Sciencenter in Ithaca, New York

Cori Thompson, Manager of Guest Relations

At the Sciencenter, the de-escalation steps I've been teaching to our staff are used to help with any difficulties visitors may have with wearing masks, as well as possible disappointment in our current hands-off approach to our exhibits. These steps include: 

  1. Express Empathy
  2. Give Them the Facts
  3. Give Them Options
  4. Allow Time to Think

Our visitors have been very good about wearing masks and we haven't had any major issues with anyone refusing or being upset about the rule. That being said, we still have to remind guests to keep their masks on properly throughout the museum and while playing at our outdoor Science Park.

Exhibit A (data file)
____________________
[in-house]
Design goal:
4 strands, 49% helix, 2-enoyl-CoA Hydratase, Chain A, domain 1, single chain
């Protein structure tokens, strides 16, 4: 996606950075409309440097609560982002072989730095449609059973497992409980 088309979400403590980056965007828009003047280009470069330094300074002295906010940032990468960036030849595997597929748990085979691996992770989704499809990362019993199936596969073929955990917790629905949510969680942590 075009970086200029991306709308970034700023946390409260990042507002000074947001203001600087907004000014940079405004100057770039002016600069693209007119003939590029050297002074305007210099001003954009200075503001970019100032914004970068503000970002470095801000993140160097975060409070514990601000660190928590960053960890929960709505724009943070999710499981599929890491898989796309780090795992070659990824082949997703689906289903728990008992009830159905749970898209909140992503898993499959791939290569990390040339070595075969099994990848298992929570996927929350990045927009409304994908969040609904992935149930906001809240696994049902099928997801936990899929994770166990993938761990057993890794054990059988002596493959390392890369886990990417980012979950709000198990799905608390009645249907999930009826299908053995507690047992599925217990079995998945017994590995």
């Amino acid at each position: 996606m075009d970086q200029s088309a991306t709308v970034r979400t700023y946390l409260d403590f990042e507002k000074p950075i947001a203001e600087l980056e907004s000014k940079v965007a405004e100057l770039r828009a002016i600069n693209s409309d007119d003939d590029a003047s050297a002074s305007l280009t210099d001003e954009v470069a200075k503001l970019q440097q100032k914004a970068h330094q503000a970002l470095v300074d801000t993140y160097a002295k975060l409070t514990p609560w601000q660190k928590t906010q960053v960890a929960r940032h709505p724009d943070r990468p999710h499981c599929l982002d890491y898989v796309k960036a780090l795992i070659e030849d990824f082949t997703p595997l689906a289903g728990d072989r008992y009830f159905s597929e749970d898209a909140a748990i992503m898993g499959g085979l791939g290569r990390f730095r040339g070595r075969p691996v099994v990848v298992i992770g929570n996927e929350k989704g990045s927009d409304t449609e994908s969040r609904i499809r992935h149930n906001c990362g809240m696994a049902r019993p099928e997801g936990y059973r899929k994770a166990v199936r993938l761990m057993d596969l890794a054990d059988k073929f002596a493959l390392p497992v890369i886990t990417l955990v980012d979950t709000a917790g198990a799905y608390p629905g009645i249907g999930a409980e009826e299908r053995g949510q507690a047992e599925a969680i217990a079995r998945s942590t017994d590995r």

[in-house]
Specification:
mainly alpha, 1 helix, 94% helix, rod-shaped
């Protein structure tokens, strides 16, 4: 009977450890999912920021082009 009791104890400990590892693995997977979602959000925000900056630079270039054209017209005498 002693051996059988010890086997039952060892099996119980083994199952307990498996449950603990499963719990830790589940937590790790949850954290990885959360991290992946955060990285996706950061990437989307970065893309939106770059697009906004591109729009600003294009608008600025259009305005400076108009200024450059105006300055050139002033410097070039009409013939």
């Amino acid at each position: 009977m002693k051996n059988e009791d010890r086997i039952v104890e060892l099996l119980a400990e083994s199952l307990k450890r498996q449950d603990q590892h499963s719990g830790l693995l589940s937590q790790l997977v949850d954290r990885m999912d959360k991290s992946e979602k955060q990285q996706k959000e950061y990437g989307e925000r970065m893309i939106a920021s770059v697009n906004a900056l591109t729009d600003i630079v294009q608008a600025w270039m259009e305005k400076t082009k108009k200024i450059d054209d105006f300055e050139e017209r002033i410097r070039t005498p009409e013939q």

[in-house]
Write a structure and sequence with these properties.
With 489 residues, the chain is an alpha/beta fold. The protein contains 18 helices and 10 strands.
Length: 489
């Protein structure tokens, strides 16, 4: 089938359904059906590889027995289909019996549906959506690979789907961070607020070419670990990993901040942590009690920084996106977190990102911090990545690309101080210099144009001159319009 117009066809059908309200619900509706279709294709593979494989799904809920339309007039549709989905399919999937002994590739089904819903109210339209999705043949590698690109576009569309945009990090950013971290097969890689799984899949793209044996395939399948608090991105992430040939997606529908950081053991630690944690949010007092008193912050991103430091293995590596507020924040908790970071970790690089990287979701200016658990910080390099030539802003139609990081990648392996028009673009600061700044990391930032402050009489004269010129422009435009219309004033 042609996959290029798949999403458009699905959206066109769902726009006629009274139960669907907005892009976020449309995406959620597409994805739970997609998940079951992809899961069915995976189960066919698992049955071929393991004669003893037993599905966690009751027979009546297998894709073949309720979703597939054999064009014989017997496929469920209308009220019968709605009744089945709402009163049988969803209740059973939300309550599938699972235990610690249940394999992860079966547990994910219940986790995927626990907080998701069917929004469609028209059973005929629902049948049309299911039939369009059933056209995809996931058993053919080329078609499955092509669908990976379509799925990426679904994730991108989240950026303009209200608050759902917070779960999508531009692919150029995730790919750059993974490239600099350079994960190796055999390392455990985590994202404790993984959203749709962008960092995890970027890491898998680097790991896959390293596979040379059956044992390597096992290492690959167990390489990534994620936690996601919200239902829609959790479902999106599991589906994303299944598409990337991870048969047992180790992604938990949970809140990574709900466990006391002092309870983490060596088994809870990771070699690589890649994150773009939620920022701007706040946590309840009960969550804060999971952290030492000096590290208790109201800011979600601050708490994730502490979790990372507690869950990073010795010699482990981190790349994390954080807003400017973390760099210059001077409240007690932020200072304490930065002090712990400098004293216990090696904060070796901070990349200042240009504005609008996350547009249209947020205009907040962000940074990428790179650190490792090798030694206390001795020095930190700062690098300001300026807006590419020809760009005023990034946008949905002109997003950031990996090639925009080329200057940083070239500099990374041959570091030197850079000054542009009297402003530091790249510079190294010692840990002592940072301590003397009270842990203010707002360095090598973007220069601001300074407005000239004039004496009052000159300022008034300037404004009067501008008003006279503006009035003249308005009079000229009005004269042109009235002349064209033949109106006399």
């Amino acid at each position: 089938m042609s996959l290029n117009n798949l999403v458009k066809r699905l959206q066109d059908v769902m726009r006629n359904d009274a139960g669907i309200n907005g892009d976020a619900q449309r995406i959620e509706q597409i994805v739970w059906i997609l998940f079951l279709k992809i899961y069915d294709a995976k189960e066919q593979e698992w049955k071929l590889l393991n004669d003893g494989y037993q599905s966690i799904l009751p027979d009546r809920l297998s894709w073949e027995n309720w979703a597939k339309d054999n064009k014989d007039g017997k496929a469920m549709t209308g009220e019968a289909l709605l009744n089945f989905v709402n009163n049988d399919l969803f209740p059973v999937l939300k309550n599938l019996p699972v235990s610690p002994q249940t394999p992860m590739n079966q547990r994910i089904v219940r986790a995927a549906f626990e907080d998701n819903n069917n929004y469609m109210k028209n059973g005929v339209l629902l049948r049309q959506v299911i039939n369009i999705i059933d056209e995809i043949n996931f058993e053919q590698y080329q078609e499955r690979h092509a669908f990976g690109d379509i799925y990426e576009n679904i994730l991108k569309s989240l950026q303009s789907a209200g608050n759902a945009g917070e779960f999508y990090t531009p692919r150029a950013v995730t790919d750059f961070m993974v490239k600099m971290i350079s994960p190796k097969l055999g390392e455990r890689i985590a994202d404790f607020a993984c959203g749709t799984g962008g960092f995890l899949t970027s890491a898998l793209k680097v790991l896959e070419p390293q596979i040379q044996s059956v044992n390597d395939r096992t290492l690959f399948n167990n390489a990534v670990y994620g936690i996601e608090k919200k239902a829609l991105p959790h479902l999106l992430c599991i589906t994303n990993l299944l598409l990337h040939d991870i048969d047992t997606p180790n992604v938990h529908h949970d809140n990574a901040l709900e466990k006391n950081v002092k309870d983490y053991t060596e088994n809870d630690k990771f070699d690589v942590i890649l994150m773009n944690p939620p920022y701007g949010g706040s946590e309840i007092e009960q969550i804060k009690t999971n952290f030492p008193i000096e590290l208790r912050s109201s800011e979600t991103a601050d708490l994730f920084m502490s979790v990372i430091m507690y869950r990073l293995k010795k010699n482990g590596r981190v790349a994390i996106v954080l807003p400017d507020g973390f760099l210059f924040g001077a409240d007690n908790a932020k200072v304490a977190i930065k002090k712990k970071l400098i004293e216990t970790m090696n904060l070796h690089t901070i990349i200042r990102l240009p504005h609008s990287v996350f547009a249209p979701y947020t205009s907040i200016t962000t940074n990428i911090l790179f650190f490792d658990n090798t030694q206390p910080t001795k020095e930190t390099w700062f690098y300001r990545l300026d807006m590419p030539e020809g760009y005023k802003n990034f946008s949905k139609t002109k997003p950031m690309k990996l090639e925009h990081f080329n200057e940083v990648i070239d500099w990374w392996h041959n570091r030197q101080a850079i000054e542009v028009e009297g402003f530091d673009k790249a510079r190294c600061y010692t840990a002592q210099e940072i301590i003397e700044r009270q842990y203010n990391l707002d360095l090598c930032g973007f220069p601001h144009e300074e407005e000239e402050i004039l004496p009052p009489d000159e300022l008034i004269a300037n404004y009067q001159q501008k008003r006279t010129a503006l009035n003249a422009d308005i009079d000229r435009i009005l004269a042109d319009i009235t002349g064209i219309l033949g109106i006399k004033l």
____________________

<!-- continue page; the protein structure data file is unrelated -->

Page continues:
We have multiple staff members onsite to help with enforcing the mask mandate - if we have to talk to a family more than once, it's best to have a second or third person on staff to remind them of the rules. This is helpful to deflect some of the frustration and anger that could potentially be directed to a single employee. We have mostly used the first two steps of our de-escalation plan: expressing empathy for how difficult it is to wear a mask everywhere, especially in a building or on the playground where you're used to running around without one, and explaining why the rules are in place by mentioning the state mandate and the rules put forth by the Tompkins County Health Department.